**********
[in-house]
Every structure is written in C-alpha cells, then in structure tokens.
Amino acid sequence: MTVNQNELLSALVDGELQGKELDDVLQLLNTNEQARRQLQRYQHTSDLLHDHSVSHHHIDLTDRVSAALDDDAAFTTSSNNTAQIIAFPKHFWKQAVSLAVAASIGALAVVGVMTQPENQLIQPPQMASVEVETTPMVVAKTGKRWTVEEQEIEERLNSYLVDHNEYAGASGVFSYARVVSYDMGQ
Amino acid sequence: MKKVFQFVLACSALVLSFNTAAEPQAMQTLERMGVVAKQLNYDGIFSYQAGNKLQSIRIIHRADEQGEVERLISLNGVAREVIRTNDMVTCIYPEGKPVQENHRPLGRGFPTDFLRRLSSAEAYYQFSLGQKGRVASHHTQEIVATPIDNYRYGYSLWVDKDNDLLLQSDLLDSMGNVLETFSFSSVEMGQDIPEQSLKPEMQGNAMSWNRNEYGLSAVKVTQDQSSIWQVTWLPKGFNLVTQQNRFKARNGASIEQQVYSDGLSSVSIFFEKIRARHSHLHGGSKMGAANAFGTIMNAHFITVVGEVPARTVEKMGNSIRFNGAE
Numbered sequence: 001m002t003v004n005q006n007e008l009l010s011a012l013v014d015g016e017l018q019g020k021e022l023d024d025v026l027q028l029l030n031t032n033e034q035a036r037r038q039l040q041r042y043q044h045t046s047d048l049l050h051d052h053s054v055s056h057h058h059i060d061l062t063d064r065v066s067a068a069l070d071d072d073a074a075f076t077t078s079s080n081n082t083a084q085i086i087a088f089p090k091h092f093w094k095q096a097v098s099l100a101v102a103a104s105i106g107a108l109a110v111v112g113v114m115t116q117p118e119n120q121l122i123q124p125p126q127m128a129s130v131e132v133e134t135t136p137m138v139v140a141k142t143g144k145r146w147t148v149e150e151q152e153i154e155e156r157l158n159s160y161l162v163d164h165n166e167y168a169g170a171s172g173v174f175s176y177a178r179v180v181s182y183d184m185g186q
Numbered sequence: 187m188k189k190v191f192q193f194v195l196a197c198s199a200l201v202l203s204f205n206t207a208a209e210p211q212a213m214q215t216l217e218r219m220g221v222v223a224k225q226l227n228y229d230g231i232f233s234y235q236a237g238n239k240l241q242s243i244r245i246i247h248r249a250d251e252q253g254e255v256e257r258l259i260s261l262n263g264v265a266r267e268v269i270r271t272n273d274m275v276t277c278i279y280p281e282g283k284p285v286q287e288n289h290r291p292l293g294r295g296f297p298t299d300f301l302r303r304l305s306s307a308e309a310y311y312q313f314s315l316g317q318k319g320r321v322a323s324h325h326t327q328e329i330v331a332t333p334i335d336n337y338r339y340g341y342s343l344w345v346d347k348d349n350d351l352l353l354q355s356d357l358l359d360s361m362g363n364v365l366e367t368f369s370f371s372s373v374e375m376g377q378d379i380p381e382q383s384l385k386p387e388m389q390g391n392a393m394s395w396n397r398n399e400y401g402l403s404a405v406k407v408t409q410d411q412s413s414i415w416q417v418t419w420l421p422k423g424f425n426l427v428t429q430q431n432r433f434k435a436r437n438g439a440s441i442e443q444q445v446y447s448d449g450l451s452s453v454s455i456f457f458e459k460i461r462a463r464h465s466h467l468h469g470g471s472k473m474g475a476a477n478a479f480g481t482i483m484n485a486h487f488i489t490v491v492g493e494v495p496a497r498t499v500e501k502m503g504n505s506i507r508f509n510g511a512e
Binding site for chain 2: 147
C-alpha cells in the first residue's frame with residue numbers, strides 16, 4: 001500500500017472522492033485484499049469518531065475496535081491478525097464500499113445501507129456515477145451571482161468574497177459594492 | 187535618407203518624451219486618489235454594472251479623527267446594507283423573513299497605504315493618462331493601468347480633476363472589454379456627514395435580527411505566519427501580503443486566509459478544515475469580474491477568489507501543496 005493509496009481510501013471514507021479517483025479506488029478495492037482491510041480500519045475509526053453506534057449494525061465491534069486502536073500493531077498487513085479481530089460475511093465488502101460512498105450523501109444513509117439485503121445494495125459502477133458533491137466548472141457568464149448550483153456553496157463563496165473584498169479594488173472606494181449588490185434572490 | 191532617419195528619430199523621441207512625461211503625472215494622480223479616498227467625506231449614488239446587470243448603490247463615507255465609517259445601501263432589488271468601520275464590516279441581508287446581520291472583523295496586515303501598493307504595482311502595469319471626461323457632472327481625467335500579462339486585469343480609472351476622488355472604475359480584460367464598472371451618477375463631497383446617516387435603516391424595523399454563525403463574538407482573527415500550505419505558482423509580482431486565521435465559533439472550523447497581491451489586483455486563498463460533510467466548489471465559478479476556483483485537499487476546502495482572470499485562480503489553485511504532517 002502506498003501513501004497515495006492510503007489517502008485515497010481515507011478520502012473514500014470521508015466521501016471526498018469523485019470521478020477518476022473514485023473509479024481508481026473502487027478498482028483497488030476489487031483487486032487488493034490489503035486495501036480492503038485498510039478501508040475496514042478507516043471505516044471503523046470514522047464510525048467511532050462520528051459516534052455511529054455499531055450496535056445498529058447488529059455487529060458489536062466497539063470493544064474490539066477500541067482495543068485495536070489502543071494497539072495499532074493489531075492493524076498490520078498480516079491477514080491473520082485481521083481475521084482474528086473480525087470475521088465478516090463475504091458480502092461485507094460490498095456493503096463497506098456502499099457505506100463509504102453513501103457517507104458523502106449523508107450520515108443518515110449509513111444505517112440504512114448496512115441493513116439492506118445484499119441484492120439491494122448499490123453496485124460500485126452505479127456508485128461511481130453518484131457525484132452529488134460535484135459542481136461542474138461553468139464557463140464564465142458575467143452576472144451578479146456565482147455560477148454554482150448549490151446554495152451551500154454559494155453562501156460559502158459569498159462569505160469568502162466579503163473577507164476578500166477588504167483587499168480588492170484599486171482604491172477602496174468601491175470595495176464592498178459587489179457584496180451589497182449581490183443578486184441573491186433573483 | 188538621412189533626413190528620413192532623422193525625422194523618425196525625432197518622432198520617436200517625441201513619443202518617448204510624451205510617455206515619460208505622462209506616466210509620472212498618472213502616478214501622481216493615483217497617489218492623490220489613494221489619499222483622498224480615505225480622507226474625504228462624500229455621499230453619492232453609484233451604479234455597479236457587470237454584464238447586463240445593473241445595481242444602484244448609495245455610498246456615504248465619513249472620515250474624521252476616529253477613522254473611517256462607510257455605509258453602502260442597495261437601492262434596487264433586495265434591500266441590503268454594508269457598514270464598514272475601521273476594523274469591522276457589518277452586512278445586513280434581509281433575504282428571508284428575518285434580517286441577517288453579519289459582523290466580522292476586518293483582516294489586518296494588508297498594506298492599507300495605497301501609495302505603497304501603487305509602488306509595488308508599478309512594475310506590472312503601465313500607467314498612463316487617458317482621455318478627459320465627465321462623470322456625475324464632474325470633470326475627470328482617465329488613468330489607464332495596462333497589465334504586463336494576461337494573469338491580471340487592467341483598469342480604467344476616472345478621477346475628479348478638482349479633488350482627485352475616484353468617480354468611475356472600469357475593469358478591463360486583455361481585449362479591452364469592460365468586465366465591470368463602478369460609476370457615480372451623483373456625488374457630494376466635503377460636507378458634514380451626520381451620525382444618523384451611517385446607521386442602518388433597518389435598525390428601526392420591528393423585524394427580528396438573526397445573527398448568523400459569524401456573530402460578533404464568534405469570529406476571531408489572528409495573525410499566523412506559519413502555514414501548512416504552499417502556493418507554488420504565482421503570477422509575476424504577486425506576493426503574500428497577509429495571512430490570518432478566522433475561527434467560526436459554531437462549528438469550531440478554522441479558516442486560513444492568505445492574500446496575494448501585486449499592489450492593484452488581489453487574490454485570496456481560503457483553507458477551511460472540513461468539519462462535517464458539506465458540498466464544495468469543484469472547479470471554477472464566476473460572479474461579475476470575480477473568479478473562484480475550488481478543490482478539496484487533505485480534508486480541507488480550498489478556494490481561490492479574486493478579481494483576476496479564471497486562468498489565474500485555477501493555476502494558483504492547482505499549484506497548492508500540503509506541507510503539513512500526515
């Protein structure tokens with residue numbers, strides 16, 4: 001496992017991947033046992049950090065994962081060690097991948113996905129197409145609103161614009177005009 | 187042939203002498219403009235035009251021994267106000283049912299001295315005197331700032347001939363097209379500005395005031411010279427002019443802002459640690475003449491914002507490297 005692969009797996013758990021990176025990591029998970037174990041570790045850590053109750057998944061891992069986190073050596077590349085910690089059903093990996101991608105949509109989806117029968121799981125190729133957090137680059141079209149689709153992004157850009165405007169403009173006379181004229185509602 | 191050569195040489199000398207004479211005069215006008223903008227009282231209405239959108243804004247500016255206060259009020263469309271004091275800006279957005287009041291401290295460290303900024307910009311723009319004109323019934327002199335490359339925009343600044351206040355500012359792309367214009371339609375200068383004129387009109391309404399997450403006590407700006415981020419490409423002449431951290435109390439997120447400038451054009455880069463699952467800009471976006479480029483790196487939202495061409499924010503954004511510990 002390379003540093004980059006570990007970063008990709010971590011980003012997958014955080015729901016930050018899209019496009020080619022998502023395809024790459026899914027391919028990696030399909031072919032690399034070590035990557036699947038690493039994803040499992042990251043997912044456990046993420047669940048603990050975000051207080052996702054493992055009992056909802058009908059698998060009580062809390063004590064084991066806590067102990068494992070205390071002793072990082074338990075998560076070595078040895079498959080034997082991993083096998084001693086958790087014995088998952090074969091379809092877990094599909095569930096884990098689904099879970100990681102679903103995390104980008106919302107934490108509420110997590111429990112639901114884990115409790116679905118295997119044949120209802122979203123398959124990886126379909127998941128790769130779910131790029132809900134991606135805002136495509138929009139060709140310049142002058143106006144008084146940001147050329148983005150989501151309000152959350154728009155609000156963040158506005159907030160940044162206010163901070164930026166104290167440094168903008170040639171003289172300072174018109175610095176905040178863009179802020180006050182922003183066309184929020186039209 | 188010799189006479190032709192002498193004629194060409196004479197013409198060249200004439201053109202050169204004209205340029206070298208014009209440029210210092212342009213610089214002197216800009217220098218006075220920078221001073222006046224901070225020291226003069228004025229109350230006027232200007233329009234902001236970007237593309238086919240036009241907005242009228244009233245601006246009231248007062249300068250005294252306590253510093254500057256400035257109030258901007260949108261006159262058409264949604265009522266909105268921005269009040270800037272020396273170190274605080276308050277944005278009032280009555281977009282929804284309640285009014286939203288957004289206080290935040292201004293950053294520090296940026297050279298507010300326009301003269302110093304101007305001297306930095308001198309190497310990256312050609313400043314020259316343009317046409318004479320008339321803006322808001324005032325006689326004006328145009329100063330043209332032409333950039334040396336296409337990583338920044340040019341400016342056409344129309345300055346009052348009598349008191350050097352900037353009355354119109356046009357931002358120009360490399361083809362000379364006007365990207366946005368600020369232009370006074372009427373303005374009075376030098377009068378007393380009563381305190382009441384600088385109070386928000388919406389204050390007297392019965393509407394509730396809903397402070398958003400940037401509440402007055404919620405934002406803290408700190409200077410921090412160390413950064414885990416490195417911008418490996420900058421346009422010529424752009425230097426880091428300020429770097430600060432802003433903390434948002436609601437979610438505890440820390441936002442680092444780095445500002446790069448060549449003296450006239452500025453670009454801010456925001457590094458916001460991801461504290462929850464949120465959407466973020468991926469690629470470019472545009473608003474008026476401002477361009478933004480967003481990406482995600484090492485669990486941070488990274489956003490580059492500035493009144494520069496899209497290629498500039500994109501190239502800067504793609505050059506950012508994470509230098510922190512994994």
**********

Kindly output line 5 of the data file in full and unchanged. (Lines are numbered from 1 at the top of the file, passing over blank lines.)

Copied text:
Numbered sequence: 001m002t003v004n005q006n007e008l009l010s011a012l013v014d015g016e017l018q019g020k021e022l023d024d025v026l027q028l029l030n031t032n033e034q035a036r037r038q039l040q041r042y043q044h045t046s047d048l049l050h051d052h053s054v055s056h057h058h059i060d061l062t063d064r065v066s067a068a069l070d071d072d073a074a075f076t077t078s079s080n081n082t083a084q085i086i087a088f089p090k091h092f093w094k095q096a097v098s099l100a101v102a103a104s105i106g107a108l109a110v111v112g113v114m115t116q117p118e119n120q121l122i123q124p125p126q127m128a129s130v131e132v133e134t135t136p137m138v139v140a141k142t143g144k145r146w147t148v149e150e151q152e153i154e155e156r157l158n159s160y161l162v163d164h165n166e167y168a169g170a171s172g173v174f175s176y177a178r179v180v181s182y183d184m185g186q